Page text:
SEASIDE, Ore. (AP) -- Organizers of the annual Hood to Coast relay race are anxiously watching the air quality as the weekend race approaches.
Dan Floyd, the race's chief operating officers, told The Daily Astorian on Thursday that this is the first time he's ever had to consider smoky conditions during the relay race.
He says conditions appear to be easing and the air should be much clearer by the weekend, but organizers are reminding runners they participate at their own risk.
Wildfires around the region have made Pacific Northwest skies unusually smoky.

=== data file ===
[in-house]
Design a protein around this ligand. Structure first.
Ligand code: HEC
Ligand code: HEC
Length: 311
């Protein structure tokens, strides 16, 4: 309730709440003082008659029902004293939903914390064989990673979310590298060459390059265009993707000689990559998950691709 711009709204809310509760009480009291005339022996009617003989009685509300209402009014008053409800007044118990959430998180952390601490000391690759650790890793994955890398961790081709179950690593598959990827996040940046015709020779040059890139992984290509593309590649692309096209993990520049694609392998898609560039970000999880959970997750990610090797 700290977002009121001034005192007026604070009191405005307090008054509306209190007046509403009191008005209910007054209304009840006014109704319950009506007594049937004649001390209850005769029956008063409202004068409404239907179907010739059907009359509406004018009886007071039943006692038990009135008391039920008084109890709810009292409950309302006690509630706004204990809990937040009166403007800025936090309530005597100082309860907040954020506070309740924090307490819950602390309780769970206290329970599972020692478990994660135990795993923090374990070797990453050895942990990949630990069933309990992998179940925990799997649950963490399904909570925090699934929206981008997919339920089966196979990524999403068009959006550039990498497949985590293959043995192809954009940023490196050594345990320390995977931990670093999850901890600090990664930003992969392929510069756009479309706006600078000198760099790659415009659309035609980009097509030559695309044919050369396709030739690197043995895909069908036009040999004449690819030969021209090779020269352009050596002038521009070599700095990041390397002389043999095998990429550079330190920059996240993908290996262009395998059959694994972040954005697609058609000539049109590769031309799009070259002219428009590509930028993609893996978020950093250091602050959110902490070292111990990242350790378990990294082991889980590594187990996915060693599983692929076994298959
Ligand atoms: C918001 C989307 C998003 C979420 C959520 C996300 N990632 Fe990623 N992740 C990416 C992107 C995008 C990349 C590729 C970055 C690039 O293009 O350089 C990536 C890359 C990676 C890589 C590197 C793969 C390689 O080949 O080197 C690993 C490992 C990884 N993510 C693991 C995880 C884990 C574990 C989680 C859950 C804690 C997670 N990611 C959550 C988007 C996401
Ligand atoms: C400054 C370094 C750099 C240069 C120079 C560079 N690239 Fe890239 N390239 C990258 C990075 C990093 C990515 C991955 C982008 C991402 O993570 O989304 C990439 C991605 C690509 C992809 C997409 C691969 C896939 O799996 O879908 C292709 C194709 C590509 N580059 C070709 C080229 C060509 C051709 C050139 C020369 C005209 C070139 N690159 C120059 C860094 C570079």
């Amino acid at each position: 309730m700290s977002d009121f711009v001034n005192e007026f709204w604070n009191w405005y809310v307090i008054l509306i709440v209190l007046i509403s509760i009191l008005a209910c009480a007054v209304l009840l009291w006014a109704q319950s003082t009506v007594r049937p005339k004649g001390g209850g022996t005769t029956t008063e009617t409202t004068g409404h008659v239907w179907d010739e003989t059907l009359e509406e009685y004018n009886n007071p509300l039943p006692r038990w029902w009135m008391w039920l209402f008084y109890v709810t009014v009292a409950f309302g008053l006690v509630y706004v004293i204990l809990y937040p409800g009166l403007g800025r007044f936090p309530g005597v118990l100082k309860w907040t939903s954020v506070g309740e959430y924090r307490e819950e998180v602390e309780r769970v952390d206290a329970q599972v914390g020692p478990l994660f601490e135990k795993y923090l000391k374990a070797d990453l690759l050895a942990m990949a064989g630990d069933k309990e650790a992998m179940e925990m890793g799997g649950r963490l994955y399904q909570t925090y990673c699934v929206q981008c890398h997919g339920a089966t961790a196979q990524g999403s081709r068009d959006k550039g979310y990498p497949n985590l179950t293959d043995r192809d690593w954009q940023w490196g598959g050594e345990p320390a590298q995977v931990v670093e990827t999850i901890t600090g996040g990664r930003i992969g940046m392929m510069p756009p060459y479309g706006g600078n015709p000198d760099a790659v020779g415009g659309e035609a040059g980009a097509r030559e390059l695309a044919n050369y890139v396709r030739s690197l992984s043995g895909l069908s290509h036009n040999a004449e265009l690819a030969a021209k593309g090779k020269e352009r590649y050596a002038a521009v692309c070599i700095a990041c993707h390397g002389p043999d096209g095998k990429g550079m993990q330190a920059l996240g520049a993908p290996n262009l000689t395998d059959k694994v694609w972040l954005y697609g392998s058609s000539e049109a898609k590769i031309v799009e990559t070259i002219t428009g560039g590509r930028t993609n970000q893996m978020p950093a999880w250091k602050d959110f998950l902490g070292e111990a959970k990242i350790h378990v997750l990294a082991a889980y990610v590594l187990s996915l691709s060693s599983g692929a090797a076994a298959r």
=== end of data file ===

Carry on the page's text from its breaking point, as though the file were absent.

More than 19,000 people will join the race from Mount Hood to Seaside on Friday and Saturday.
- Hood to Coast watching air quality as race nears
- WATCH: Search for killer cougar underway near Mount Hood
- Chairman of Hood to Coast replaced over awards dispute
- Air quality likely to diminish this week
- Eugene Air Quality Reaches Hazardous Levels
- Cougar likely killed dead hiker found near Mount Hood
- Oregon hunter kills advancing cougar near Mt. Hood
- Young male wolf found dead near Mount Hood
- Southern Oregon air quality worsens as wildfires grow
- New mobile app maps air quality across the state